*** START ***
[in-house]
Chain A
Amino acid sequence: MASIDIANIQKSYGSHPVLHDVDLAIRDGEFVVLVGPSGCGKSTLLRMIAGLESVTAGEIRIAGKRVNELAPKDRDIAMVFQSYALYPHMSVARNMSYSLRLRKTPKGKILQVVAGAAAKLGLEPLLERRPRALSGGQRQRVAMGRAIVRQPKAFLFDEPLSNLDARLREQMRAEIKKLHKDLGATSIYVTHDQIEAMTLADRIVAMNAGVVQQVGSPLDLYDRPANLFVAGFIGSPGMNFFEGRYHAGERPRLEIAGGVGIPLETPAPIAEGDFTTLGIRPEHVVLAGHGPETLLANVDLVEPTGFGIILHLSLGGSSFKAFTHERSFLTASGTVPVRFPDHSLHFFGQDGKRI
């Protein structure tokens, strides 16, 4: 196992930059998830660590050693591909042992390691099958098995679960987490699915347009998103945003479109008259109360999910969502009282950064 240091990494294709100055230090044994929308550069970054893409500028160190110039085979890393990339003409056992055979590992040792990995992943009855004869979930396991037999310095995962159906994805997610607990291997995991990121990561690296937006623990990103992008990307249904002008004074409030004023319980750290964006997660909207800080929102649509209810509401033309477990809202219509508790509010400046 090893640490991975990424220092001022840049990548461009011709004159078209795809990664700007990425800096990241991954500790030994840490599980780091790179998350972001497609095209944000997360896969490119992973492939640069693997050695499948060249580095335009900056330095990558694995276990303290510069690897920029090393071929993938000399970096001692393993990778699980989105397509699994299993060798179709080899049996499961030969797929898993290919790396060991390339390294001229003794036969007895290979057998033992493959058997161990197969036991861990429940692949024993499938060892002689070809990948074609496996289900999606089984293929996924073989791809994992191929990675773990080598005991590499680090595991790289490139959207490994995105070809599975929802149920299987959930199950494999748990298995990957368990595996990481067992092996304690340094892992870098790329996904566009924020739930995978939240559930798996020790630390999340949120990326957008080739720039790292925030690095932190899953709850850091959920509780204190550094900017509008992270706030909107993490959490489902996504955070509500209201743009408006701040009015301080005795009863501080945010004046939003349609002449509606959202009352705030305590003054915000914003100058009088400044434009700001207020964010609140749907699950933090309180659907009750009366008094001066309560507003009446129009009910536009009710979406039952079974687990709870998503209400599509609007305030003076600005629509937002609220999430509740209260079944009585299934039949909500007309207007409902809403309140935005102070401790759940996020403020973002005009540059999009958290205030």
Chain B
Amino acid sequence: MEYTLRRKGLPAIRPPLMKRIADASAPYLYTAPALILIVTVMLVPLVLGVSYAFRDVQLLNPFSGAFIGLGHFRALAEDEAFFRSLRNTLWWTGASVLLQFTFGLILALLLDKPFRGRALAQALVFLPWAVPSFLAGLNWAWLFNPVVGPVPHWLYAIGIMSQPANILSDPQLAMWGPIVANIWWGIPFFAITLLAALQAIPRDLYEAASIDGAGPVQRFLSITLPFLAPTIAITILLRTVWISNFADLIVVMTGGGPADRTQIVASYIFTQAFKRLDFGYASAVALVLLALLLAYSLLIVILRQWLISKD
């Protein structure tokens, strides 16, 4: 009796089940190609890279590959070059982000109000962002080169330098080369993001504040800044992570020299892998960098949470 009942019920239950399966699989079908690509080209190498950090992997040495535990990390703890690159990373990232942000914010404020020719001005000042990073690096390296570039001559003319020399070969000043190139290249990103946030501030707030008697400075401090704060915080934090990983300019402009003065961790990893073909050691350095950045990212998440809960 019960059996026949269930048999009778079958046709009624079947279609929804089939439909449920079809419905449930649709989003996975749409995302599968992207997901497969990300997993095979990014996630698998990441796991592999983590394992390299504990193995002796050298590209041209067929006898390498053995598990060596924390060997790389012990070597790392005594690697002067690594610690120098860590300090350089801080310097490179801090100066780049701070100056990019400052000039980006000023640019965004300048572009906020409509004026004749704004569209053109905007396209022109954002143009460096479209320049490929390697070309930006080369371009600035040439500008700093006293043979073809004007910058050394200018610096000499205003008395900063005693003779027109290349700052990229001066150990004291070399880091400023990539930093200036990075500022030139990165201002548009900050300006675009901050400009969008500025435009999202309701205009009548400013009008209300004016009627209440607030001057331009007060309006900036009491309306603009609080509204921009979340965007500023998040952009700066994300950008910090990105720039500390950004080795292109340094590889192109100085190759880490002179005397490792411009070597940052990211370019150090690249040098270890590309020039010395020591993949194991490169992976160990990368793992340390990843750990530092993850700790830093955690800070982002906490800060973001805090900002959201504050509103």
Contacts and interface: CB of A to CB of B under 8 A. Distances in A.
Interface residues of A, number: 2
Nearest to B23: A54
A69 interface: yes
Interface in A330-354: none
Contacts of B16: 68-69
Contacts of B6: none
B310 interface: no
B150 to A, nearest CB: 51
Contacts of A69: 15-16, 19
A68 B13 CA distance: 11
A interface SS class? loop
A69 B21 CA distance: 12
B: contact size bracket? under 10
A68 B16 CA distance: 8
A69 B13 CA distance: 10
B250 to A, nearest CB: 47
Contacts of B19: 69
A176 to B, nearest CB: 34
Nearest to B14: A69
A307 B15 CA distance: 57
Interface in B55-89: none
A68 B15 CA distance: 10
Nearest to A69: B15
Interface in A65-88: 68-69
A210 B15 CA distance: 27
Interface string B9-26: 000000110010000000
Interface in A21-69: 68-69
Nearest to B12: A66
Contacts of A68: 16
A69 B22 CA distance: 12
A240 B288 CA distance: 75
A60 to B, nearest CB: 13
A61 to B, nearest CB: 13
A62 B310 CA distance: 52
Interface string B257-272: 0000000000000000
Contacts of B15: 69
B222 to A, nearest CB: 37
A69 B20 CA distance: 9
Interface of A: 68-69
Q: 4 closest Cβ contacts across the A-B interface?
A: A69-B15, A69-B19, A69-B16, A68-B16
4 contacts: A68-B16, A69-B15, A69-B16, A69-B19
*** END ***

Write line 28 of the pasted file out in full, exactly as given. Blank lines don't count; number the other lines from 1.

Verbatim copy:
A307 B15 CA distance: 57